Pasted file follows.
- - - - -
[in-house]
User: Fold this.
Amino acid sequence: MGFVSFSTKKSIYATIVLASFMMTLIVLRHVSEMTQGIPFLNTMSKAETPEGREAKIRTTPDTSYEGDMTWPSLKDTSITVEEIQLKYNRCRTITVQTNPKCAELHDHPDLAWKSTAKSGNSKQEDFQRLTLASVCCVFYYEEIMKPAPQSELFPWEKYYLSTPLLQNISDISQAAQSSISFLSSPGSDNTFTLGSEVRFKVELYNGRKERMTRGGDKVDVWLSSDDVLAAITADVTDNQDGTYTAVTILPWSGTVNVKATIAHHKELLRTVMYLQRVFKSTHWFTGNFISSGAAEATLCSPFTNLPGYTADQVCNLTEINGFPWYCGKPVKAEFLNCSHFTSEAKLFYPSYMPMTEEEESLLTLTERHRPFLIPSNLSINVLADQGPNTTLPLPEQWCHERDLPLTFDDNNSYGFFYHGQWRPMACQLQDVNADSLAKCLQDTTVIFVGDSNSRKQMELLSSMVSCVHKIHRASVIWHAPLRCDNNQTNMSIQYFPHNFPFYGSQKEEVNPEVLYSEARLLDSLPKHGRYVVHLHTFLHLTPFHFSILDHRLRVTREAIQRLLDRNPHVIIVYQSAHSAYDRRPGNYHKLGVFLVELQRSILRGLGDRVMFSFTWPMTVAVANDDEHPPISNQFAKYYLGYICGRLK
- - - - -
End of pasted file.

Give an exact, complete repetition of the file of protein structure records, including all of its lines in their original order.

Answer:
[in-house]
User: Fold this.
Amino acid sequence: MGFVSFSTKKSIYATIVLASFMMTLIVLRHVSEMTQGIPFLNTMSKAETPEGREAKIRTTPDTSYEGDMTWPSLKDTSITVEEIQLKYNRCRTITVQTNPKCAELHDHPDLAWKSTAKSGNSKQEDFQRLTLASVCCVFYYEEIMKPAPQSELFPWEKYYLSTPLLQNISDISQAAQSSISFLSSPGSDNTFTLGSEVRFKVELYNGRKERMTRGGDKVDVWLSSDDVLAAITADVTDNQDGTYTAVTILPWSGTVNVKATIAHHKELLRTVMYLQRVFKSTHWFTGNFISSGAAEATLCSPFTNLPGYTADQVCNLTEINGFPWYCGKPVKAEFLNCSHFTSEAKLFYPSYMPMTEEEESLLTLTERHRPFLIPSNLSINVLADQGPNTTLPLPEQWCHERDLPLTFDDNNSYGFFYHGQWRPMACQLQDVNADSLAKCLQDTTVIFVGDSNSRKQMELLSSMVSCVHKIHRASVIWHAPLRCDNNQTNMSIQYFPHNFPFYGSQKEEVNPEVLYSEARLLDSLPKHGRYVVHLHTFLHLTPFHFSILDHRLRVTREAIQRLLDRNPHVIIVYQSAHSAYDRRPGNYHKLGVFLVELQRSILRGLGDRVMFSFTWPMTVAVANDDEHPPISNQFAKYYLGYICGRLK